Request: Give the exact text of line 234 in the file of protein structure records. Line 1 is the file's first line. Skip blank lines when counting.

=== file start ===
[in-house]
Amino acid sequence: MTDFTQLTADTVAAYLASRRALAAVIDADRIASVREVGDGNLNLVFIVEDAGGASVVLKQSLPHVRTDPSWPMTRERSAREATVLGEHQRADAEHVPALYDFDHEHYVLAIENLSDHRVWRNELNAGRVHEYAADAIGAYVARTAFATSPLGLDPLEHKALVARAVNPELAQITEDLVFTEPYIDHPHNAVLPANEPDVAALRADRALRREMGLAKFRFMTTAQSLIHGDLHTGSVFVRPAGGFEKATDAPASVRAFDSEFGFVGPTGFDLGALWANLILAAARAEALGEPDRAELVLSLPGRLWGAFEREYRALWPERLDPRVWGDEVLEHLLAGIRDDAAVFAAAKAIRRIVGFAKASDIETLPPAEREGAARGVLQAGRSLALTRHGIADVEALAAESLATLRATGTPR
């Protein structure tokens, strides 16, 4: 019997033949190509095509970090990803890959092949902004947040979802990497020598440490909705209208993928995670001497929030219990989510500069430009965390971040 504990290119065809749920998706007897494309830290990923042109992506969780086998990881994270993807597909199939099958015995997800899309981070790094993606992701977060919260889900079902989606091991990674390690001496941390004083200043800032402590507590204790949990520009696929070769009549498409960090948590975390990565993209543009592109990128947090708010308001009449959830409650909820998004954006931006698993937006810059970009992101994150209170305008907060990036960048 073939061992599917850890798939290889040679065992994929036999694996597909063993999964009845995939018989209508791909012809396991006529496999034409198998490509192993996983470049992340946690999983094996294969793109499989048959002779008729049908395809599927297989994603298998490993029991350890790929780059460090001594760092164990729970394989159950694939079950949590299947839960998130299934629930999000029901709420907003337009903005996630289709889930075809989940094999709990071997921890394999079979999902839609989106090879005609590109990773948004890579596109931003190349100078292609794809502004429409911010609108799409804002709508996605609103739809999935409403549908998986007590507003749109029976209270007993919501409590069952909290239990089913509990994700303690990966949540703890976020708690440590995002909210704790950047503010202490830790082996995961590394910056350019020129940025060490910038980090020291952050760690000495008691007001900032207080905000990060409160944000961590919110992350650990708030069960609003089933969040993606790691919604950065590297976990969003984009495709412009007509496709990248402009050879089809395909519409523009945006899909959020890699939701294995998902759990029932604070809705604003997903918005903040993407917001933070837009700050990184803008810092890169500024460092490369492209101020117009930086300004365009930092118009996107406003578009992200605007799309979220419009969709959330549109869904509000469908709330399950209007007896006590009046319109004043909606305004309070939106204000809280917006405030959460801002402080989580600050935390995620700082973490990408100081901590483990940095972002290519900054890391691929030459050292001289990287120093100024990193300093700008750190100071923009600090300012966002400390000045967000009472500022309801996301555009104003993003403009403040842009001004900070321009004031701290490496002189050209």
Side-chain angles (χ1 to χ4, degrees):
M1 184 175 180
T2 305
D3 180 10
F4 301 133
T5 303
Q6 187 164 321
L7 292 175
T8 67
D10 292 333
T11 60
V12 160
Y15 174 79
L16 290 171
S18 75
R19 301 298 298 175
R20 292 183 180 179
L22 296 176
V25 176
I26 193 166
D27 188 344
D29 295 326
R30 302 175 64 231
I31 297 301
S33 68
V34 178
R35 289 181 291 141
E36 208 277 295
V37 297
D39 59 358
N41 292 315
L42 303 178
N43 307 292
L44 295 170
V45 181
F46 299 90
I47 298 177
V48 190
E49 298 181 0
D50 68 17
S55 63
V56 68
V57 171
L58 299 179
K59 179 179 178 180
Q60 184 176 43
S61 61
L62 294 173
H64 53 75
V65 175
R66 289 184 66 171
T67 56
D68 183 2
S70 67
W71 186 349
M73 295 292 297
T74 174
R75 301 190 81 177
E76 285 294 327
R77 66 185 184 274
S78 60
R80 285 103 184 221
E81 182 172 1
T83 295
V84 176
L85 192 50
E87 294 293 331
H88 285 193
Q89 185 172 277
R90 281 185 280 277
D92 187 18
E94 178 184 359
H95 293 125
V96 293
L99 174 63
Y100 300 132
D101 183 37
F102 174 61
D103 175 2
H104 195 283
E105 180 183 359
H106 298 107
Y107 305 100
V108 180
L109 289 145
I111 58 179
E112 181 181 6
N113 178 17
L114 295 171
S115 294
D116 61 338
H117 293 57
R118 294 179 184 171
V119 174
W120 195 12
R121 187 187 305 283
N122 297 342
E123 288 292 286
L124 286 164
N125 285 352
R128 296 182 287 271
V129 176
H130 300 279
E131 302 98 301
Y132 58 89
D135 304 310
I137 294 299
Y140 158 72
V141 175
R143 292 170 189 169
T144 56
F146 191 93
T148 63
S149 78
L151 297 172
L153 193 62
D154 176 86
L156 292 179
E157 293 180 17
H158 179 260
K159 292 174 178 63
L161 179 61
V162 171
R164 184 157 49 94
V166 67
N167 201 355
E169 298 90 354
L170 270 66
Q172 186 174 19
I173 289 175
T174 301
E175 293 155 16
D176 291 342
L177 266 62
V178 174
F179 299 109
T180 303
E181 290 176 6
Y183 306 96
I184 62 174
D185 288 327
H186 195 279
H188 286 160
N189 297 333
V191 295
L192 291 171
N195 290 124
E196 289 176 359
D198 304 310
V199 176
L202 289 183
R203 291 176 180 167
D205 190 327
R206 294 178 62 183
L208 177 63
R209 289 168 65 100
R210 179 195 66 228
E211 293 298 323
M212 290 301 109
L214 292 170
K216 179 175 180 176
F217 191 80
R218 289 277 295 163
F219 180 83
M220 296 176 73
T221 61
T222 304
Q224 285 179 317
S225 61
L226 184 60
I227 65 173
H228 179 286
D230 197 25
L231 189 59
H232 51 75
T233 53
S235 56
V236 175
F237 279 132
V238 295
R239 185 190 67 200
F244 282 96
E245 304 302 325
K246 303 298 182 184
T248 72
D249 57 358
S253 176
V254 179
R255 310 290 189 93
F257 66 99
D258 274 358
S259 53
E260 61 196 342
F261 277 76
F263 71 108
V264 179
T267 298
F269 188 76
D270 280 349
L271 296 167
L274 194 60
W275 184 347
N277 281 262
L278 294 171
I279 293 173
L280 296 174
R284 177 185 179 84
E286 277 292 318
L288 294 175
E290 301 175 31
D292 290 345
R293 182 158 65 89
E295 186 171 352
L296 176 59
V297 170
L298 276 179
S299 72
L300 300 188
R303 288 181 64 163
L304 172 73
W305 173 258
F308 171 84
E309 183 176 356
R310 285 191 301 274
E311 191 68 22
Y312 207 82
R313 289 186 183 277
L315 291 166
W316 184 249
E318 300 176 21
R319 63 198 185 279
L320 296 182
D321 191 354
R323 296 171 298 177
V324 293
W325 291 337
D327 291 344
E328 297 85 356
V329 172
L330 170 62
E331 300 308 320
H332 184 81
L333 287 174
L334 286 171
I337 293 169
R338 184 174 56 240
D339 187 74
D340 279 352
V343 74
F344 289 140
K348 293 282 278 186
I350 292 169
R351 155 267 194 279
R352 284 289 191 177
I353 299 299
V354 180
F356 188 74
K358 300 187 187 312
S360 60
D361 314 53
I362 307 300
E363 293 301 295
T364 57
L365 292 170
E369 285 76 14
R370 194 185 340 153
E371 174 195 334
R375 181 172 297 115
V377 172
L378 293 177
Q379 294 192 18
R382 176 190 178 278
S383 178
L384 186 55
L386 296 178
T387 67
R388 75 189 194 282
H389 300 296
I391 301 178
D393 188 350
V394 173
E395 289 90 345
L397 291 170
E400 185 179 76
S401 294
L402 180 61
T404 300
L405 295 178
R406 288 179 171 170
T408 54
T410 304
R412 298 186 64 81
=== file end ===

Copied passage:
R319 63 198 185 279